By Brandon Richey
As a general rule of thumb, your body is always working to be efficient and to reach a state of balance. This balance, or homeostasis is something that is constantly occurring during your body changing and adapting to the environment that it’s exposed to.
When it comes to the process of training you are creating the environmental stress for your body to give back to you a desired adaptive outcome.
Today I want to talk about how the process of supercompensation—which I’ve broken down into four steps—can give you that desired outcome concerning your strength and fitness.
The Introduction of Training Stress and Adaptation
This stage involves what it sounds like—the stress you place on your body during the process of training.
In this stage, there is going to be an obvious reaction from your body in response to the training stress which is the obvious response of fatigue or tiring. Because of this there is going to be a predictable drop off in performance because of the training stress.
In short, you’re going to be challenged and therefore you will fatigue. This is the normal expectation.
In this stage, your body is going to work to return back to the original baseline prior to the introduction to the training stress, or workout that you introduced for your training.
Energy stores and your performance will return back to the baseline.
During this stage you might involve an active recovery, or lighter training session to introduce some light movement to your body and to allow your body to maintain a level of heightened mobility and function as it repairs from the more intense stress of training from the previous workout.
So when you look at your original baseline of fitness for a given task, or movement this stage involves the adaptive rebound above that original baseline.
It is the rebound from the lowest point at which you previously fatigued yourself the most.
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So in other words, if you had an intense training session with sprints a couple days prior and found yourself starting to fatigue out at sprint number 5 in a 10 sprint workout, once supercompensation has hit you wouldn’t start fatiguing at the same rate. You should be able to make it beyond the 5th run before the same level of fatigue starts to settle in.
This phase of supercompensation is not solely a physiological response, but is also a response due to psychological and technical awareness of the stress that is involved in the workout.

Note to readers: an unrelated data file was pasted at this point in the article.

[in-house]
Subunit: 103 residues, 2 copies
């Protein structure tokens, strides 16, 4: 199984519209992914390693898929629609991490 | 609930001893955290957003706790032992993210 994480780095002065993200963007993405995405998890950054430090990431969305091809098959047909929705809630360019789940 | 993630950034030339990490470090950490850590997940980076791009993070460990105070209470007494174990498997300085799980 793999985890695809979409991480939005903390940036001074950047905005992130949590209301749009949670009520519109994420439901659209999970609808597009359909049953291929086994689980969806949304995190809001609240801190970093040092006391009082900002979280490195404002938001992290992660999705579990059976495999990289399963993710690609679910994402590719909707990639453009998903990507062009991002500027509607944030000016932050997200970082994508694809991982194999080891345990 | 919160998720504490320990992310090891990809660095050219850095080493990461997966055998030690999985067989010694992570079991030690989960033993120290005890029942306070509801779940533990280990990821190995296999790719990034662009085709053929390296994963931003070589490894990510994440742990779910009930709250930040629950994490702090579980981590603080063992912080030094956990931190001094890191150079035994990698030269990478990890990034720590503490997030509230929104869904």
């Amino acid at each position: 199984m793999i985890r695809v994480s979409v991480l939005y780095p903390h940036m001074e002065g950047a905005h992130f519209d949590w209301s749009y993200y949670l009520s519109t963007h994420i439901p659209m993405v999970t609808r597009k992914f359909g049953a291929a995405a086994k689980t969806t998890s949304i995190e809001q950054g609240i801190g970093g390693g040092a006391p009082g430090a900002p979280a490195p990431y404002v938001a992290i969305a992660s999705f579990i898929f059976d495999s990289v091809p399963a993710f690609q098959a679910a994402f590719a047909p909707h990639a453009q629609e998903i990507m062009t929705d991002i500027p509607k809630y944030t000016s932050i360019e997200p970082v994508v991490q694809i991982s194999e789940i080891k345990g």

You’re now experienced with the workout and are aware and better adapted for what’s coming during the training session.
This automatically changes the level of stress involved with the workout because now you’re better able to deal with because you’re more familiar with what’s happening.
The Loss of Supercompensation
This is the last stage, and it’s during this part a new stress should be added to challenge your adaption.
Ideally, this new stress should be added at the peak of the supercompensation phase (the previous phase). So for instance if we look at that sprint workout example again then you’ve been adapting to the 10 sprint workout.
Let’s assume your sprint distance, intensity, and volume of 10 total sprint runs has been the same throughout this workout example.
As you adapt to performing at peak performance for those 10 sprints you need to introduce a new training stress to challenge and to continue the adaptation process.
In this example, you could introduce a new stress at the peak of supercompensation by adding a weighted vest to your sprints.
This would obviously slow your progress again and cause another dip in performance until the necessary adaptation process has overcome the new stress of having to perform those sprints with a weighted vest.
If this concept sounds complicated—keep in mind the 4 steps are simply:
1. Introduce a workout
2. Recover effectively from it
3. Add more stress
4. Repeat the process
When you hit a skill level for the workout you’re happy with, you can move on to a new workout and practice this same cycle, or increase the stress of the same workout and progress to a new goal.
At the end of the day, if you expect to get fitter and stronger you’ve got understand how to create and apply stress to your training in order to achieve optimal results. If your program is not progressive in nature then you’re going to hit plateaus and stall out on your gains. Progressive overload is the key to getting optimal results.
Are you currently following a strength and conditioning program to progress your performance and fitness?
What strategies do you use to progress your fitness in order to keep getting better in your training?
Post up and share with us here in the comments below.
Also, if you need help with learning how to progress your training, visit my website, Brandon Richey Fitness.
QUESTION: Coach, my hands get real tired when I’m working out and feel weak. What can I do about this?
ANSWER: Check out this article—10 Tips to Increase Grip Strength.
QUESTION: I used to do general weight training and decided a few months ago to hire a trainer and get past the walls I’d been hitting for gains. The woman I’ve been working with has really been pushing me hard. Thing is, I’m fine when I’m in a session with her, but when it comes to doing the workouts on my own, my mind starts yelling at me it’s too hard and stuff like that and I’m struggling. Can you give me some ways to stop this?
ANSWER: Yes; here’s an article with some awesome tips: Mental Conditioning Inside a Tough Workout.